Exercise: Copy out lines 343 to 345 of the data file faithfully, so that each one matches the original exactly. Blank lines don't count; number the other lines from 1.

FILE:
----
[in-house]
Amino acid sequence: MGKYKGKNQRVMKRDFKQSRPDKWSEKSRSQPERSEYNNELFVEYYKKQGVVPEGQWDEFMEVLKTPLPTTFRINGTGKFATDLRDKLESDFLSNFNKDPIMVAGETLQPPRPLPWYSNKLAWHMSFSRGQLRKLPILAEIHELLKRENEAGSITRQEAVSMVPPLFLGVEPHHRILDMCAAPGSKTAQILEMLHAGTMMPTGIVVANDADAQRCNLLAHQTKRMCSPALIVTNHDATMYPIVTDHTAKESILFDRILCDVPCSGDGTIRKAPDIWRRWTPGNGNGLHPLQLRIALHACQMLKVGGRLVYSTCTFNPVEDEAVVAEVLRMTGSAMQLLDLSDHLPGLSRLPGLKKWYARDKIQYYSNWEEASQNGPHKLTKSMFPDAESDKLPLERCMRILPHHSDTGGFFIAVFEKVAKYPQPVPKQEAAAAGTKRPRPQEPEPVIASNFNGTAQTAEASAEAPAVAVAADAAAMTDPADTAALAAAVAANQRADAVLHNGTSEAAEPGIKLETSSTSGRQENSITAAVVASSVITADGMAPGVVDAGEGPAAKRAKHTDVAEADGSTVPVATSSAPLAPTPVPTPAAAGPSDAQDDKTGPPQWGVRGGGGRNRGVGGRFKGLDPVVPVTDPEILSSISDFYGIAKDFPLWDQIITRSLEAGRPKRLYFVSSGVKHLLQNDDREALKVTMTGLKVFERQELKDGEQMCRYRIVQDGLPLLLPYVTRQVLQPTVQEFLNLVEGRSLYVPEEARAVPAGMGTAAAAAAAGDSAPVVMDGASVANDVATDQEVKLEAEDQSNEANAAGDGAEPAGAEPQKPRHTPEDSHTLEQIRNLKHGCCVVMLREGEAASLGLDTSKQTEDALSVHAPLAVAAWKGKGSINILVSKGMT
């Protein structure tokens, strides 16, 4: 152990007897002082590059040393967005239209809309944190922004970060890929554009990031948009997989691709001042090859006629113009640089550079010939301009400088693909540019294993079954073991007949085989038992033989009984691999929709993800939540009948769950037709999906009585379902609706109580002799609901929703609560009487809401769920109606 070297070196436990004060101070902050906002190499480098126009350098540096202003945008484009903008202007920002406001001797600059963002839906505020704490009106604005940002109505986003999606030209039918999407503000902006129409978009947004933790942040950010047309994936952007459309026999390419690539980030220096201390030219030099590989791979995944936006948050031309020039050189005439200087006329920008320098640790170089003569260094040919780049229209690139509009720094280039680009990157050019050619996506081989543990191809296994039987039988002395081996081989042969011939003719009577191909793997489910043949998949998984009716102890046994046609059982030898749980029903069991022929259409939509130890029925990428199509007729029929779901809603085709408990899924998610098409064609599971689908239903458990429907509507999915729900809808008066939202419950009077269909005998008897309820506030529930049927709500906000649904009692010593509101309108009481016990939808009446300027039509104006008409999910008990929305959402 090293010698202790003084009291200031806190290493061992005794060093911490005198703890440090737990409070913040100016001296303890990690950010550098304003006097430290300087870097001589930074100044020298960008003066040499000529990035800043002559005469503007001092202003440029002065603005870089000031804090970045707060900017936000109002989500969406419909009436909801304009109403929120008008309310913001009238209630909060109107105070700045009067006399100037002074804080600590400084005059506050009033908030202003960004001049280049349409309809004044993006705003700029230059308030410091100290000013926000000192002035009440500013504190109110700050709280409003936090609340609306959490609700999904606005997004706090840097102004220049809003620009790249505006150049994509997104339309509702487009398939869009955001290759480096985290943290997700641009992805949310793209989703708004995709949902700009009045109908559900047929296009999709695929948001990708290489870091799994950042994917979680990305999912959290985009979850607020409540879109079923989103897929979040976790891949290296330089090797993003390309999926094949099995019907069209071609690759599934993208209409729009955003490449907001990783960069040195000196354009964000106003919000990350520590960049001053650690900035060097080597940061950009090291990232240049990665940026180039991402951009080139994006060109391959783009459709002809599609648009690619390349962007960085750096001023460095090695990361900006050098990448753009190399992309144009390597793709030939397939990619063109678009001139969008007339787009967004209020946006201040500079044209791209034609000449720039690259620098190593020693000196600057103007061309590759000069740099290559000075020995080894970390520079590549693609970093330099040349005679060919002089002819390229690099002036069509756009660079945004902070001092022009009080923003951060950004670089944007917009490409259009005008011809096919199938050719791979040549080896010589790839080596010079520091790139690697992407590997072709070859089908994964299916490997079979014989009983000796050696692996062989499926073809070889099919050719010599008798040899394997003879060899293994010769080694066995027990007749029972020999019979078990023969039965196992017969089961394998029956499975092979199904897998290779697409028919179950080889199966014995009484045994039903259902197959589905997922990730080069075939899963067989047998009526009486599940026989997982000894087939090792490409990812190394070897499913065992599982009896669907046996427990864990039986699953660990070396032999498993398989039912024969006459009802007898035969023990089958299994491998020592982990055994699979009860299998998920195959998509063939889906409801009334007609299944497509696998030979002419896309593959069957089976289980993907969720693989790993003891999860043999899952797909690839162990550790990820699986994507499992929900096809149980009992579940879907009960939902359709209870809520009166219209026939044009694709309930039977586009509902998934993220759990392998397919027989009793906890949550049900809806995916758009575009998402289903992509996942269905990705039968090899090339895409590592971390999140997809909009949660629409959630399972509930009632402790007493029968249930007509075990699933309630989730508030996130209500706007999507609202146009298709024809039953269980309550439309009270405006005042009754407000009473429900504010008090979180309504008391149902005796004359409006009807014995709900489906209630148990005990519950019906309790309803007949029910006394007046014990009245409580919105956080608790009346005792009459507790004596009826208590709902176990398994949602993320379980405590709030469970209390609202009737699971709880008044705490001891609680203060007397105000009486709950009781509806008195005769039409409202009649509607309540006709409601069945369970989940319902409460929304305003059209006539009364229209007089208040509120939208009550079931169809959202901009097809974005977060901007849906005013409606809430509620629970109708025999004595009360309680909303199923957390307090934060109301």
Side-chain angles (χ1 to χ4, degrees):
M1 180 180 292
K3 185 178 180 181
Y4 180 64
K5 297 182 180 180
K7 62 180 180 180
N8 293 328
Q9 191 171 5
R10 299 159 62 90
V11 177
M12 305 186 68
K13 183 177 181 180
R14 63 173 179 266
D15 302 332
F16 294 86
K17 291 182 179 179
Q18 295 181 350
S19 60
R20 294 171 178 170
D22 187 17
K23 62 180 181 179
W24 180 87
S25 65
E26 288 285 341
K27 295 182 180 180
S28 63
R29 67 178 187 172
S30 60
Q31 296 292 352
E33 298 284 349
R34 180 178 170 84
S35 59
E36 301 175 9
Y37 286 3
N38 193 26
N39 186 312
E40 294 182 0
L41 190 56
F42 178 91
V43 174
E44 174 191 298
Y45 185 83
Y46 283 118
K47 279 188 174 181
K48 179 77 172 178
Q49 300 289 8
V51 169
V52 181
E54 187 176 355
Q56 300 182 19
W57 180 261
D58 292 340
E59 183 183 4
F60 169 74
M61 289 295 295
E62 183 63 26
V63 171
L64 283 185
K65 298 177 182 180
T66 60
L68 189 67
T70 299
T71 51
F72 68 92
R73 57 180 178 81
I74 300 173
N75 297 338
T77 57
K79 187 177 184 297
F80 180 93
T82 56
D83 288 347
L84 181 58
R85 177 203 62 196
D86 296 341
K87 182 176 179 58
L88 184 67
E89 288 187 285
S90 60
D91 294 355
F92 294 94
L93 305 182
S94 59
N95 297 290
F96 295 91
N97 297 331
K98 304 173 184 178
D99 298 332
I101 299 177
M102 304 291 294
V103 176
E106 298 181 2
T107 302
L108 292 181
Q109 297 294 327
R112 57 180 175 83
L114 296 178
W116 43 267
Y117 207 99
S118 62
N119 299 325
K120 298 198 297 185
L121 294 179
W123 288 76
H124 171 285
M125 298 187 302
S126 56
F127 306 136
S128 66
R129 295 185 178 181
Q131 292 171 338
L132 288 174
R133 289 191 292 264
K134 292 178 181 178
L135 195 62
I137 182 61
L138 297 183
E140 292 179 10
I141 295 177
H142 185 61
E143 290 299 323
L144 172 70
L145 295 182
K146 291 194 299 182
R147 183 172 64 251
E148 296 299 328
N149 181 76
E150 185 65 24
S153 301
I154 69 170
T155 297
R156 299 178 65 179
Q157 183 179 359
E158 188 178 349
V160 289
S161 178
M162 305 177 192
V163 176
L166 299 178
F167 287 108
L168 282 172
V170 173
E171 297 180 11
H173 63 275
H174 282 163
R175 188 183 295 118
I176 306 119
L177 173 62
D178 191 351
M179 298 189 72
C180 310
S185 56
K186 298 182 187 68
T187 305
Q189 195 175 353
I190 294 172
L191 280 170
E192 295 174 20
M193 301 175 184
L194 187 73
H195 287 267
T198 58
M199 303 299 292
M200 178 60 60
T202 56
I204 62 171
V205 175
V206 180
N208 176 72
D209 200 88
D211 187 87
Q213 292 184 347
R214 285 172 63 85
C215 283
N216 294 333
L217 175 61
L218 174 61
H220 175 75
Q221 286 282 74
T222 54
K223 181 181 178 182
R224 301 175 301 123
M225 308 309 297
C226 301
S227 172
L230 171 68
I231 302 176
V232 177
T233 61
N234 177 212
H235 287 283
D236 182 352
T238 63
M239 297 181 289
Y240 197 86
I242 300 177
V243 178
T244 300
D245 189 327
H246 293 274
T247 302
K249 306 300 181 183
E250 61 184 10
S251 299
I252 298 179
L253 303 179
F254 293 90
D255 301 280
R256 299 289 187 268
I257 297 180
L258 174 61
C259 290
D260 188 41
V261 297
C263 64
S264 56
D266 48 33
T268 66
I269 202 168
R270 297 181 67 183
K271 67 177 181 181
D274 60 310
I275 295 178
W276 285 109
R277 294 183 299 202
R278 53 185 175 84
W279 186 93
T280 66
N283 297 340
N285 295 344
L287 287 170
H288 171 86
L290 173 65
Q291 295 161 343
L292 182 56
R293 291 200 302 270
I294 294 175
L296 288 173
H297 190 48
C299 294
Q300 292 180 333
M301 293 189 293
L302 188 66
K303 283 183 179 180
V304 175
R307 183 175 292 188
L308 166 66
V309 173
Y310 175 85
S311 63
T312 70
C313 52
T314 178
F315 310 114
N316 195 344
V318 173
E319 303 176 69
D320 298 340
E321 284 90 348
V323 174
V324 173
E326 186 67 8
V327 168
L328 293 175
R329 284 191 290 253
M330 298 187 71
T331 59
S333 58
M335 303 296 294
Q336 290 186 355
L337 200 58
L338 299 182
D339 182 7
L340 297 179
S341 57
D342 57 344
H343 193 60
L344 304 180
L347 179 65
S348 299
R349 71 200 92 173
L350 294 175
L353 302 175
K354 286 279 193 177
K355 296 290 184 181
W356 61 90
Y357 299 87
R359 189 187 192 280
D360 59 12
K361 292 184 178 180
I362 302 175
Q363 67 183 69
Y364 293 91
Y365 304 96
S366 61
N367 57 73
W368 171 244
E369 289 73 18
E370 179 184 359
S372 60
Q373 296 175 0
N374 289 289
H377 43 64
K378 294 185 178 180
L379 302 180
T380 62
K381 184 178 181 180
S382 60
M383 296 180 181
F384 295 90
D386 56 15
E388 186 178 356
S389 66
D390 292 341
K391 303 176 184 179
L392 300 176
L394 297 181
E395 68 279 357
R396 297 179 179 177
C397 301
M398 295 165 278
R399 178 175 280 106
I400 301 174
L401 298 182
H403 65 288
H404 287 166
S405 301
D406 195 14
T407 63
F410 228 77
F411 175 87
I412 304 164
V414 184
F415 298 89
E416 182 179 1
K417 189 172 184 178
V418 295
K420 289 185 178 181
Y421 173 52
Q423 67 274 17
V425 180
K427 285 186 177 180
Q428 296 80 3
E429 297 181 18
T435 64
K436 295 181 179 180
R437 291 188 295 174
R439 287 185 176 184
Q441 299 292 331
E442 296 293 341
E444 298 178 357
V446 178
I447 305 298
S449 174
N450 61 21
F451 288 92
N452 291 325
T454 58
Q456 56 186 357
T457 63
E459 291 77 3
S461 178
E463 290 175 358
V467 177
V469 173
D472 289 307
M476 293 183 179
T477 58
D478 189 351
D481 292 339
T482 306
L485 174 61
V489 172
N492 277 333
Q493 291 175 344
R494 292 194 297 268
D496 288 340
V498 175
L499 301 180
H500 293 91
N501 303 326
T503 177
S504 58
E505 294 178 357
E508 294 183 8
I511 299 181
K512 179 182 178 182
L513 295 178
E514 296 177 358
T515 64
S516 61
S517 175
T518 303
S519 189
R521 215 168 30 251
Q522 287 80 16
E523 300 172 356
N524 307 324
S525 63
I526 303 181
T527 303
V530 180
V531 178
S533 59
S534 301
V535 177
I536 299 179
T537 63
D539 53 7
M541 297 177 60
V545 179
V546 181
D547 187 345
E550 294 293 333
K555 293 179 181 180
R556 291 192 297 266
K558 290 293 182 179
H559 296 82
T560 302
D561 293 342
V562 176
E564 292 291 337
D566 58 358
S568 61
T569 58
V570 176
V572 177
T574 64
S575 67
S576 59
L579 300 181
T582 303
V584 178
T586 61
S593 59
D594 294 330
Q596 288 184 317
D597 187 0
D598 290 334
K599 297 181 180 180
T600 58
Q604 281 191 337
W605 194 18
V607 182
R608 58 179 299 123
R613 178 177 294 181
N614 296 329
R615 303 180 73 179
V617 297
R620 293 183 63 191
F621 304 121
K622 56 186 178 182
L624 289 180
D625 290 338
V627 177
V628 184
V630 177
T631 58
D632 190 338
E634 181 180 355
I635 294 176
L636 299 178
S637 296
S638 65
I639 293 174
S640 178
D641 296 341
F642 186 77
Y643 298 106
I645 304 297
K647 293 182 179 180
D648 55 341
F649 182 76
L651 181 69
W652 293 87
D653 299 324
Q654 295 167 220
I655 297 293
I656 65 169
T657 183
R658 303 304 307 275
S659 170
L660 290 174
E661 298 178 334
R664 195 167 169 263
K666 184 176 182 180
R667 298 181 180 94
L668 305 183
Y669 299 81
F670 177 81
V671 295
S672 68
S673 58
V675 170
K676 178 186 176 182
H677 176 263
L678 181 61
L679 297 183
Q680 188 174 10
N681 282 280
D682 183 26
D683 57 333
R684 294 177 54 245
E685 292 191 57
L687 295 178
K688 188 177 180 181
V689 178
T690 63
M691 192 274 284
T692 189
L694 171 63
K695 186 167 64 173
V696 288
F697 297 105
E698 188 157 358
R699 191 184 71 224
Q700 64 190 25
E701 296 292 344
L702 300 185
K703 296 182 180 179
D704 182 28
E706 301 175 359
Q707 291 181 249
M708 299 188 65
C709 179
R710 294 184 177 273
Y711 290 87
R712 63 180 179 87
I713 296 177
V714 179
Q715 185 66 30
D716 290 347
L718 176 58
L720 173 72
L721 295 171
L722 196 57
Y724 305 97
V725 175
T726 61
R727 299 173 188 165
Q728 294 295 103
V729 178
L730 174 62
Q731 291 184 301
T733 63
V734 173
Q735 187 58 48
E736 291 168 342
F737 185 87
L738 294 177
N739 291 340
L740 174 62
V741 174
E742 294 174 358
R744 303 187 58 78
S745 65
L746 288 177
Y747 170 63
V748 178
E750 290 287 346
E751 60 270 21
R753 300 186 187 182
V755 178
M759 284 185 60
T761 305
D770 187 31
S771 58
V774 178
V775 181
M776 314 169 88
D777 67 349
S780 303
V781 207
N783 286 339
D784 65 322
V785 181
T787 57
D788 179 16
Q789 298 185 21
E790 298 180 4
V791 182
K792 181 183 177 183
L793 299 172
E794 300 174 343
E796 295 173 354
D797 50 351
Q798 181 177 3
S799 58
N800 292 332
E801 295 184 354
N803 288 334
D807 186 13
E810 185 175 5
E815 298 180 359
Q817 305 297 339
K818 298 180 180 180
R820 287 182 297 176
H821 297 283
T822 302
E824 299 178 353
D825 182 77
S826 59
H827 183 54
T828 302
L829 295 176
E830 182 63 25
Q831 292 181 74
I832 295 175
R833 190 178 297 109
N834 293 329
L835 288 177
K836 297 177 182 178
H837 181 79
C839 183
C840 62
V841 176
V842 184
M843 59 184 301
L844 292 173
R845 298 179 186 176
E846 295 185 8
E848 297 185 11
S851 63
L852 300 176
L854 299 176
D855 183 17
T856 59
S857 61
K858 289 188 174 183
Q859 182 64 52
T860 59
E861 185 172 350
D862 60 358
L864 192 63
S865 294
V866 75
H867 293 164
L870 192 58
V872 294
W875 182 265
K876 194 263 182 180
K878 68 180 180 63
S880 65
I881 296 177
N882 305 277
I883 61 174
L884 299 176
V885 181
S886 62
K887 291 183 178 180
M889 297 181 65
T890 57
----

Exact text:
Q423 67 274 17
V425 180
K427 285 186 177 180